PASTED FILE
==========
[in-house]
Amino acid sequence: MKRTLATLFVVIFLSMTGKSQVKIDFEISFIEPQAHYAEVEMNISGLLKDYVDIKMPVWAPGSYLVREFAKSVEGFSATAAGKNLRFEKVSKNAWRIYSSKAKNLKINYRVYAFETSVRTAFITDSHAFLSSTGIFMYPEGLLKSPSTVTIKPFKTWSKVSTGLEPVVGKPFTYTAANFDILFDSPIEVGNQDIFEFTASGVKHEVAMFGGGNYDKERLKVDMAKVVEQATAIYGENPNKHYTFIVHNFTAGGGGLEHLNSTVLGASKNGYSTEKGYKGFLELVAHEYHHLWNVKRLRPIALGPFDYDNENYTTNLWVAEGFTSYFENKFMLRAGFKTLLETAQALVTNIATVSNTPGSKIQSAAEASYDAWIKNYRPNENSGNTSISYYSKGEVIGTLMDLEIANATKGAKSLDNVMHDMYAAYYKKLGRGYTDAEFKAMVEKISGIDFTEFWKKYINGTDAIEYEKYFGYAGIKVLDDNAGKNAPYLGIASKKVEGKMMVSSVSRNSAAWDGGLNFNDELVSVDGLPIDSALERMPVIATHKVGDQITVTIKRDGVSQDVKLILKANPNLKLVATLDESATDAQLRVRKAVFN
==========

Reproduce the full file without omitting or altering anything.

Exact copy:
[in-house]
Amino acid sequence: MKRTLATLFVVIFLSMTGKSQVKIDFEISFIEPQAHYAEVEMNISGLLKDYVDIKMPVWAPGSYLVREFAKSVEGFSATAAGKNLRFEKVSKNAWRIYSSKAKNLKINYRVYAFETSVRTAFITDSHAFLSSTGIFMYPEGLLKSPSTVTIKPFKTWSKVSTGLEPVVGKPFTYTAANFDILFDSPIEVGNQDIFEFTASGVKHEVAMFGGGNYDKERLKVDMAKVVEQATAIYGENPNKHYTFIVHNFTAGGGGLEHLNSTVLGASKNGYSTEKGYKGFLELVAHEYHHLWNVKRLRPIALGPFDYDNENYTTNLWVAEGFTSYFENKFMLRAGFKTLLETAQALVTNIATVSNTPGSKIQSAAEASYDAWIKNYRPNENSGNTSISYYSKGEVIGTLMDLEIANATKGAKSLDNVMHDMYAAYYKKLGRGYTDAEFKAMVEKISGIDFTEFWKKYINGTDAIEYEKYFGYAGIKVLDDNAGKNAPYLGIASKKVEGKMMVSSVSRNSAAWDGGLNFNDELVSVDGLPIDSALERMPVIATHKVGDQITVTIKRDGVSQDVKLILKANPNLKLVATLDESATDAQLRVRKAVFN